It’s Narcissist Friday!
Those who have been in relationships with narcissists often write or speak of the difficulty of maintaining a no-contact stand. At the same time, nearly every encounter with the narcissist just brings back the pain or creates new pain. No-contact seems like the best and most obvious solution, but why is it so hard?
I tend to be someone who likes to understand an obstacle before tackling it. The more I know, the more I can plan my thinking and approach. Few things are as debilitating as an unexpected emotional gut-punch, something narcissists can be very good at. If you understand more of what is happening, you might be able to avoid those times of confusion and weakness that seem to come so easily whenever the narcissist is involved.
For normal people, relationships come with certain expectations. No matter what level of involvement the relationship needs, there is something both sides are expected to do. Acquaintances are expected to remember names, give basic greetings, be civil, engage in small talk when appropriate, etc. As the levels become more intimate, the expectations become more involved.
This is normal for us, and we rarely think about it. We invest in other people and welcome their investment in us. But this is not normal for the narcissist. The narcissist sees these expectations as opportunities. He or she does not want to invest in another person in any real way. Instead, the narcissist will find ways to get something out of the relationship while giving only that which is necessary to get what he wants.
Most people find narcissistic relationships to be very easy to get into and very difficult to get out of. For some reason, the narcissist still seems to hold the strings. They still manipulate and control, even when you are trying to end the relationship. There is always something: a crisis, finances, business, family, something that keeps bringing you together.
If you will forgive the alliteration, I want to suggest four reasons why it is particularly hard to maintain no-contact in narcissistic relationships. These will overlap, so just think of them as ways to look at the relationships from multiple perspectives.
Entanglement – First, narcissists are experts at weaving webs that hold their victims. Babies that come early in a marriage, or even before. Money that disappears or is mingled into a joint account. Houses and cars and businesses purchased with joint funds. Agreements that tie in a third party so you can’t get out without hurting another person. These things can last long after the marriage is dissolved or can make it very difficult to dissolve.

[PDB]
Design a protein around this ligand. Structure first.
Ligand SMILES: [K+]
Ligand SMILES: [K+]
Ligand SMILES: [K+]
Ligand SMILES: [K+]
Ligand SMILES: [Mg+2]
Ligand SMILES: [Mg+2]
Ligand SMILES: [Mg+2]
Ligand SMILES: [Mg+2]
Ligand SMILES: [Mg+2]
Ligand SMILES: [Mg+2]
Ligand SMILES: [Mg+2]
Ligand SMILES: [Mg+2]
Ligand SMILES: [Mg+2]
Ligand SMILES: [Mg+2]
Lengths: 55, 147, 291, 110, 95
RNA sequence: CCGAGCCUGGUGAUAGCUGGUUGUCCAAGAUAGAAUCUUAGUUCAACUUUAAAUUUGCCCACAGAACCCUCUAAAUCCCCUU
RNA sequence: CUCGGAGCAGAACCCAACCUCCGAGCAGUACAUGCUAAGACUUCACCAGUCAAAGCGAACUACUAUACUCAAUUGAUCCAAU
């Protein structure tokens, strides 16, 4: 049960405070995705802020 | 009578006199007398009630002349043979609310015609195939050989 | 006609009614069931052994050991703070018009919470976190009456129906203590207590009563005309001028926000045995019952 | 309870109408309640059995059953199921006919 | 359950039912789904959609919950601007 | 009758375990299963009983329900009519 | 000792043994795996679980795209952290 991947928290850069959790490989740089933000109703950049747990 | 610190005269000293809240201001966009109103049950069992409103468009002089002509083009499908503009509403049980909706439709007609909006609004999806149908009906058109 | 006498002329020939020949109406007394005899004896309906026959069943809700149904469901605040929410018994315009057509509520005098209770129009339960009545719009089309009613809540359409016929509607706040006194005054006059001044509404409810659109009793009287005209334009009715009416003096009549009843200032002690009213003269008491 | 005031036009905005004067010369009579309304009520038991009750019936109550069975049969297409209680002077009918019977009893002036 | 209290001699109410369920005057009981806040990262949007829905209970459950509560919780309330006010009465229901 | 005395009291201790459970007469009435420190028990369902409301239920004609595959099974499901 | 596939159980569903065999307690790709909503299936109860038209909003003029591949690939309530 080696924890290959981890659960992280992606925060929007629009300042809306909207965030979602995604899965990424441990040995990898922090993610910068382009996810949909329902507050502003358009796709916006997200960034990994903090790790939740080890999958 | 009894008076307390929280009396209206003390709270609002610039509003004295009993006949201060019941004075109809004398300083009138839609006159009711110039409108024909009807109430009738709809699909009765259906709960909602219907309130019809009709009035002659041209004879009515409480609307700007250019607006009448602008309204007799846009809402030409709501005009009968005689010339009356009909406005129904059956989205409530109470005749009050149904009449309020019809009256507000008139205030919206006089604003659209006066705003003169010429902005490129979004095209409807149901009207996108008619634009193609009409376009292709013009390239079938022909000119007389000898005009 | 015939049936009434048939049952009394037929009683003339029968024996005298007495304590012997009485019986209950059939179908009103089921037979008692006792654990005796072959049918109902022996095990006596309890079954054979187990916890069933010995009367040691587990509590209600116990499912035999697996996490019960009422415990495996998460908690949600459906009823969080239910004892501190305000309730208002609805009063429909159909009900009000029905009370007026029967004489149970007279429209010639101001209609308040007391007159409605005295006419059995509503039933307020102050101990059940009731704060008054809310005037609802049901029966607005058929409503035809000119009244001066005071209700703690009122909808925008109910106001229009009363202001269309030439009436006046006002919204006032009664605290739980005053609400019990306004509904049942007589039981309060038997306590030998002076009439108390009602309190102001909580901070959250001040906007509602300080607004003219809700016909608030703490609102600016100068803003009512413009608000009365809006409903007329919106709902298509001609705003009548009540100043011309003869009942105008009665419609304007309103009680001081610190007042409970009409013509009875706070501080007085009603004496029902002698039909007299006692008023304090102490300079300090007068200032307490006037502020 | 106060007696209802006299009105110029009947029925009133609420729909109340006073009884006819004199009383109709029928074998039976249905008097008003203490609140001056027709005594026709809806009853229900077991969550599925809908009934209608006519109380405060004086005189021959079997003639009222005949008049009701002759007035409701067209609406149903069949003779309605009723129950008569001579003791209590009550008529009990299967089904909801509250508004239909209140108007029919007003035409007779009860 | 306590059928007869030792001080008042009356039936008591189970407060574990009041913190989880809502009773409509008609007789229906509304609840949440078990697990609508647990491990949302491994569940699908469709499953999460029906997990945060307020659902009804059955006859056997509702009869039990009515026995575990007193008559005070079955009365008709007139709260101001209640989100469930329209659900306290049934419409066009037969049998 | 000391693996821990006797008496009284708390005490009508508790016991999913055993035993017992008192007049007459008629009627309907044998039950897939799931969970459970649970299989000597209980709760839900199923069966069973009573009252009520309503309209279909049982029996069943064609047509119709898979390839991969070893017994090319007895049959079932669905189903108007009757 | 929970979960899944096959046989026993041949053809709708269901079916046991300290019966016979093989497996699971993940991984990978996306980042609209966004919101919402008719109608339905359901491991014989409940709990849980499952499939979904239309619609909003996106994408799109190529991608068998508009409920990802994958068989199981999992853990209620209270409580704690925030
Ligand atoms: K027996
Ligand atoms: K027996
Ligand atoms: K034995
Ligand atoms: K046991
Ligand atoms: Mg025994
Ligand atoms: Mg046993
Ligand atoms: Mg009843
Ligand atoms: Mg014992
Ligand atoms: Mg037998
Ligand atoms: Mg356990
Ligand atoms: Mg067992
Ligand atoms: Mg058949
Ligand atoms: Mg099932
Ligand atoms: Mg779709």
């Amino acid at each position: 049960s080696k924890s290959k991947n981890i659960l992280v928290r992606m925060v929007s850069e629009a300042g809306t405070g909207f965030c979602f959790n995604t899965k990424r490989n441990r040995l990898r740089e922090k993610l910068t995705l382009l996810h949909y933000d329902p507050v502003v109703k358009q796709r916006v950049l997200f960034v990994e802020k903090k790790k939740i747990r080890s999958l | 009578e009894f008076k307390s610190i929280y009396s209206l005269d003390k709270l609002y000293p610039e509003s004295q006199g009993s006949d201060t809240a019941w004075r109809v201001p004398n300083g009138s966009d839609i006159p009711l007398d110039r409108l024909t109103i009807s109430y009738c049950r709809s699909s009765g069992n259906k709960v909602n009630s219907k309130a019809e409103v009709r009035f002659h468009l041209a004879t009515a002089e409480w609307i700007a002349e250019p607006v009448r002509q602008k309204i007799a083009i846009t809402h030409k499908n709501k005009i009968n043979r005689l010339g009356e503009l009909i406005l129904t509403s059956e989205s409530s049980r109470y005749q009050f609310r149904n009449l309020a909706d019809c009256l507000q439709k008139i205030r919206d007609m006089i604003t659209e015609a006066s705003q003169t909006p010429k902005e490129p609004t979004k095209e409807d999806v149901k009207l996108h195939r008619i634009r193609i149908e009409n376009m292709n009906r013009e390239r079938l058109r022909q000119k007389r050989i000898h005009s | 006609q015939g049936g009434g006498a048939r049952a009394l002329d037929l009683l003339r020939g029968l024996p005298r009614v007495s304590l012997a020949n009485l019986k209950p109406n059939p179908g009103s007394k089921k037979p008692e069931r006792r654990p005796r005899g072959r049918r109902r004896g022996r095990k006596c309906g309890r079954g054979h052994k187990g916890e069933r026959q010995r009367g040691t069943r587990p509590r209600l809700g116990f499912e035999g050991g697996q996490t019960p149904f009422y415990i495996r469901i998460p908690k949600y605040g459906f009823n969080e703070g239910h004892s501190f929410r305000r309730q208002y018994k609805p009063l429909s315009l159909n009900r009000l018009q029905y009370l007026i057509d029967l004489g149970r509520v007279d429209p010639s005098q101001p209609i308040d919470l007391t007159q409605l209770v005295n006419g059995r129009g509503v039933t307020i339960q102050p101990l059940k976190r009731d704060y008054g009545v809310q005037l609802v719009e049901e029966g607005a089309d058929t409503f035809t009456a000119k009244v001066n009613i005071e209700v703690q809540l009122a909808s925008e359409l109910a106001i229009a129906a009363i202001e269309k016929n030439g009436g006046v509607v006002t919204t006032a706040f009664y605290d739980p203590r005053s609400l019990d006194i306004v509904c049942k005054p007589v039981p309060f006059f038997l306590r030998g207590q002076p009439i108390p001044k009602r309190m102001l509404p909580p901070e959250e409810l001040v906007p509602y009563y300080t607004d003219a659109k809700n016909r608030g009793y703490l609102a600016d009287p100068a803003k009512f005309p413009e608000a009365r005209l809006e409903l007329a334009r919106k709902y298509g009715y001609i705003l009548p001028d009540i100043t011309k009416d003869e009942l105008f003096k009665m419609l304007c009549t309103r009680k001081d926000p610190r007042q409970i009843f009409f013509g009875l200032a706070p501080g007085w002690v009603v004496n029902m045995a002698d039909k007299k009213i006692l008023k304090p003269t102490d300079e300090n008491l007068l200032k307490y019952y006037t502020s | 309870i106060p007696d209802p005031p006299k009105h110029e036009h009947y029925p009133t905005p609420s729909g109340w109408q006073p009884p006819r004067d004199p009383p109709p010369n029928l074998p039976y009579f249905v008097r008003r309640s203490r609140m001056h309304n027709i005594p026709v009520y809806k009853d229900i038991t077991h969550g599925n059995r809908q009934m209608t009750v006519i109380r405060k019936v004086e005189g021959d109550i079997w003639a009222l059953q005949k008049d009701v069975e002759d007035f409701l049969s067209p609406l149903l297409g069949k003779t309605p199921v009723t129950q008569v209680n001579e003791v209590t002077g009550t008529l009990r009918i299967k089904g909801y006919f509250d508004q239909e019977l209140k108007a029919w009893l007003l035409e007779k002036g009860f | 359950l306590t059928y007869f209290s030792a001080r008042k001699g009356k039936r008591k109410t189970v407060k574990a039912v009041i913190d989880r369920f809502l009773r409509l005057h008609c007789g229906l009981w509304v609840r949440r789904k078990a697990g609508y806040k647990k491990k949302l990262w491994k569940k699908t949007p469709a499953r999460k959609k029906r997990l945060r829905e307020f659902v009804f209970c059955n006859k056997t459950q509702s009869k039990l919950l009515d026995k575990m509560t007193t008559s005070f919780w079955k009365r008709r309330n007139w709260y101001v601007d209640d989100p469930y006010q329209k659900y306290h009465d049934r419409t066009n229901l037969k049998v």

The highest form of entanglement, of course, is the parental relationship. Children are natural and captive narcissistic supply for parents. Parents build a sense of familial responsibility into their children as an investment in the parents’ future. Many victims find it very difficult to maintain no-contact with narcissistic parents because of the guilt and shame built into their minds as children. Then, if the parents don’t pull the strings directly, other siblings are used to produce the guilt.
When a man and woman have children together, no-contact is obviously difficult. Business partners, even people who attend the same church, have connections that just keep pulling them together. When a spiritual dimension is added, with its expectations of love and unity, your desire for no-contact is made out to be unkind and wrong. Narcissists are very good at creating and maintaining these entanglements for as long as they want them. When they want out, the web seems to disappear.
Encumbrance – I usually think of encumbrance as some kind of legal obligation, like a mortgage. Narcissists only invest in a relationship in ways that will pay off later. Almost everyone who has tried to break things off with a narcissist has heard the “after all I did for you” line. Whereas normal people invest in others because of love or friendship, the narcissist does so pragmatically. He or she expects to get something back. You will begin to feel like the narcissist holds promissory notes on your time and emotions.